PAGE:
newParagraph1.appendChild(newText1);
document.body.appendChild(newParagraph1);

X=var1++;

var newParagraph2 = document.createElement("p");
var newText2 = document.createTextNode("After post-increment value of var1 = "+var1+" and X = "+X);
newParagraph2.appendChild(newText2);
document.body.appendChild(newParagraph2);

var var1 = 45;
var X = 45;

var newParagraph3 = document.createElement("p");
var newText3 = document.createTextNode("Initial value of var1 = "+var1+" and X = "+X);
newParagraph3.appendChild(newText3);
document.body.appendChild(newParagraph3);

var newParagraph4 = document.createElement("p");
var newText4 = document.createTextNode("Lets apply the following fourmula X =++var1 [ i.e. Pre increment of a variable ]");
newParagraph4.appendChild(newText4);
document.body.appendChild(newParagraph4);
X=++var1;

var newParagraph5 = document.createElement("p");
var newText5 = document.createTextNode("After pre-increment value of var1 = "+var1+" and X = "+X); //creates text along with ouput to be displayed
newParagraph5.appendChild(newText5);
document.body.appendChild(newParagraph5);
```
```

View the example in the browser

JavaScript: Decrement operator (--)

The decrement operator is used as follows:

• var1--   ( Post-decrement )
• --var1   ( Pre-decrement )

In the first case (i.e. post-decrement) the operator decreases the variable var1 by 1 but returns the value before decrementing.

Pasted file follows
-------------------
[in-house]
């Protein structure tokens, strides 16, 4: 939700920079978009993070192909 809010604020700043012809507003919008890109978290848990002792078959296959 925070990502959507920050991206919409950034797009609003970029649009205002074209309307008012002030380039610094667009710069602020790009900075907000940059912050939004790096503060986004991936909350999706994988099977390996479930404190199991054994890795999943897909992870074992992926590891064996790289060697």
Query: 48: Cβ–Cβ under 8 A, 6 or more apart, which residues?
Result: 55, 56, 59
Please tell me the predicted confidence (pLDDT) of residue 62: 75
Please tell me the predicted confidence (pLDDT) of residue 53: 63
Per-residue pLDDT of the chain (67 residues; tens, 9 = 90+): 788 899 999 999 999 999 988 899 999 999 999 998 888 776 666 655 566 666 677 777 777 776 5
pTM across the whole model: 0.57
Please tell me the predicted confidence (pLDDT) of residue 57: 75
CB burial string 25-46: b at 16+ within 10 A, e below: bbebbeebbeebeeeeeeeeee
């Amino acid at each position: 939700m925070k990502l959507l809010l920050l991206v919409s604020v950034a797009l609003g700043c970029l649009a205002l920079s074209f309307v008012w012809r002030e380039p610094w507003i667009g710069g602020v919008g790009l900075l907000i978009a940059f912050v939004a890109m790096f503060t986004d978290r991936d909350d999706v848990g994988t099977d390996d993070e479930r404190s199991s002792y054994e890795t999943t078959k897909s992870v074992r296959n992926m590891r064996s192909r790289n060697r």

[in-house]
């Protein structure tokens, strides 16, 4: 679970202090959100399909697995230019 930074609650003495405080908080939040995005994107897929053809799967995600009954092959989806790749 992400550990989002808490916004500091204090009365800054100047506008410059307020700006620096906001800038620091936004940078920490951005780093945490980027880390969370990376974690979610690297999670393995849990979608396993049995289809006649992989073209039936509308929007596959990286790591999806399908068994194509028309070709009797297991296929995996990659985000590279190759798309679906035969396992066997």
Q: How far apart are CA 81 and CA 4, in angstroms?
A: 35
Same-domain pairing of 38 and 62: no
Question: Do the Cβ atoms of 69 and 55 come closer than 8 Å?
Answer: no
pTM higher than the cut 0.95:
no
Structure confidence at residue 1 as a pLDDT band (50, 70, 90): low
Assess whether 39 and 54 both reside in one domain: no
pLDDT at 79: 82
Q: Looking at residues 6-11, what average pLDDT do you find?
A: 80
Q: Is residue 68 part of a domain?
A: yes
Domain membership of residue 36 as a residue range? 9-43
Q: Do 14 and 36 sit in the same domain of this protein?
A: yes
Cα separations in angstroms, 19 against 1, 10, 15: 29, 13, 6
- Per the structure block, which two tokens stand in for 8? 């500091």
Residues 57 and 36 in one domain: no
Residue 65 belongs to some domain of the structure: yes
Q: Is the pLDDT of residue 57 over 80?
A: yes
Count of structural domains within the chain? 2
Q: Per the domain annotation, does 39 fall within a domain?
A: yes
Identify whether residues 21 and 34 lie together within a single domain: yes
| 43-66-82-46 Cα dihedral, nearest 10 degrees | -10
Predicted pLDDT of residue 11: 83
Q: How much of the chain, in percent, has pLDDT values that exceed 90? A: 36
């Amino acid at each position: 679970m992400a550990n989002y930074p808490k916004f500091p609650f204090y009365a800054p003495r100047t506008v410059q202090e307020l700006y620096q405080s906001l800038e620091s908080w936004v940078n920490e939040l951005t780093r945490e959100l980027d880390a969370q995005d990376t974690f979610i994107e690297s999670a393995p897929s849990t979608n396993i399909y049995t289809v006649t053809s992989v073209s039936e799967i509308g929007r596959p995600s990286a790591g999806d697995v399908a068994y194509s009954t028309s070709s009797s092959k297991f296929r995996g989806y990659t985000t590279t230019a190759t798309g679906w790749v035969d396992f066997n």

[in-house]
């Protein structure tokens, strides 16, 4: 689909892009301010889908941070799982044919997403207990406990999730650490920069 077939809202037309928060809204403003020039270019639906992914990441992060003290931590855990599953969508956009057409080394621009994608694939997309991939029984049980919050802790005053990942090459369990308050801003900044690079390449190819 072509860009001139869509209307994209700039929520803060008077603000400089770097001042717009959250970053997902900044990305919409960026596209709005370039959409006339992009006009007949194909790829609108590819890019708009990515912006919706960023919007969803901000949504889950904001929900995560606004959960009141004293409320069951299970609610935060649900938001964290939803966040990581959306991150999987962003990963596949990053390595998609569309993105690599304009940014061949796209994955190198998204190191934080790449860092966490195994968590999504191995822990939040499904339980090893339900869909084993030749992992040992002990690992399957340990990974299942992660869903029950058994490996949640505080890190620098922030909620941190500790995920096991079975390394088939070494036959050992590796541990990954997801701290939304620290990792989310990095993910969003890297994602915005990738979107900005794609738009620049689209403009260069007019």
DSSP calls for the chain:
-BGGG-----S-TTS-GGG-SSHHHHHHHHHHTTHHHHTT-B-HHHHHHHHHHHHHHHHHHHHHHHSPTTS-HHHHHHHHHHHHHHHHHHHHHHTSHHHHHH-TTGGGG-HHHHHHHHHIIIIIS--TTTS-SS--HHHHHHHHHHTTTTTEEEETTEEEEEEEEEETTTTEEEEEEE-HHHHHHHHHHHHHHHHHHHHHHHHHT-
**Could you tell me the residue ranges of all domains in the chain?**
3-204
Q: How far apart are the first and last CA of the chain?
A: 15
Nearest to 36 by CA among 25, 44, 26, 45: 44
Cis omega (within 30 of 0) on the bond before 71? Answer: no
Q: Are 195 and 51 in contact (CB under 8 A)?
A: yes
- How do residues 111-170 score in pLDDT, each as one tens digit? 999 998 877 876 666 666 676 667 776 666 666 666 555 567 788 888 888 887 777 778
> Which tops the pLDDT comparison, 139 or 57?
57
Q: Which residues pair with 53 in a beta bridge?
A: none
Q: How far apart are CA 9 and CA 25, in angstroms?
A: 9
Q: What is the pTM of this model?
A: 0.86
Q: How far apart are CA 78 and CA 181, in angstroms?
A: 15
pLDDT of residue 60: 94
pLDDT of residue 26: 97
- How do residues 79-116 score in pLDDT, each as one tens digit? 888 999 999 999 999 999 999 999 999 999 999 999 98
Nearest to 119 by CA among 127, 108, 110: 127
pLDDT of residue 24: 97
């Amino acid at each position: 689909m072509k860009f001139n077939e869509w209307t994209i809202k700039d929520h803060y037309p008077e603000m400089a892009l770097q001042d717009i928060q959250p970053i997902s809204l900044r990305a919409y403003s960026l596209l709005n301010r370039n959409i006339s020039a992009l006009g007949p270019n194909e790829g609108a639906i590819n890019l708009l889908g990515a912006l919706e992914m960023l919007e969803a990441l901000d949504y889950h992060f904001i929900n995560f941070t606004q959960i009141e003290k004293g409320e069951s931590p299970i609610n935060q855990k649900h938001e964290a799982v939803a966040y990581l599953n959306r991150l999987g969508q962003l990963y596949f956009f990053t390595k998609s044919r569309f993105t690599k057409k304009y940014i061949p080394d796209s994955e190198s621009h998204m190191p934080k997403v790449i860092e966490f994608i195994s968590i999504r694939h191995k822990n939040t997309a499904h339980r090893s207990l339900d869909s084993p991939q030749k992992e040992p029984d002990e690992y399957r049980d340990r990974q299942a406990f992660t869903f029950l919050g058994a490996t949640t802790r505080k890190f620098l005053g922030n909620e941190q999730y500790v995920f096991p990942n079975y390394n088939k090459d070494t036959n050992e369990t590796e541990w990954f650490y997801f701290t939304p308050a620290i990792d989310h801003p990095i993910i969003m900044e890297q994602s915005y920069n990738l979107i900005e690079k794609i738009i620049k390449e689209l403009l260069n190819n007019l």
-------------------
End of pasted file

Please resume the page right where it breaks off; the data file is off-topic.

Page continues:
In the second case (i.e. pre-decrement) the operator decreases the variable var1 by 1 but returns the value after decrementing.

Example:

HTML Code

``````<!doctype html>
<meta charset="utf-8">
<title>JavaScript decrement operator example.</title>
<meta name="description" content="This document contains an example of JavaScript decrement operator." />
<body>
<script src="decrement-operator-example1.js"></script>
</body>
</html>
```
```

JS Code

``````var var1 = 45;
var X = 0;

var newParagraph = document.createElement("p");
var newText = document.createTextNode("Initial value of var1 = "+var1+" and X = "+X);
newParagraph.appendChild(newText);
document.body.appendChild(newParagraph);

var newParagraph1 = document.createElement("p");
var newText1 = document.createTextNode("Lets apply the following fourmula X = var1-- [ i.e. Post decrement of a variable ]");
newParagraph1.appendChild(newText1);
document.body.appendChild(newParagraph1);
X=var1--;

var newParagraph2 = document.createElement("p");
var newText2 = document.createTextNode("After post-decrement value of var1 = "+var1+" and X = "+X);
newParagraph2.appendChild(newText2);
document.body.appendChild(newParagraph2);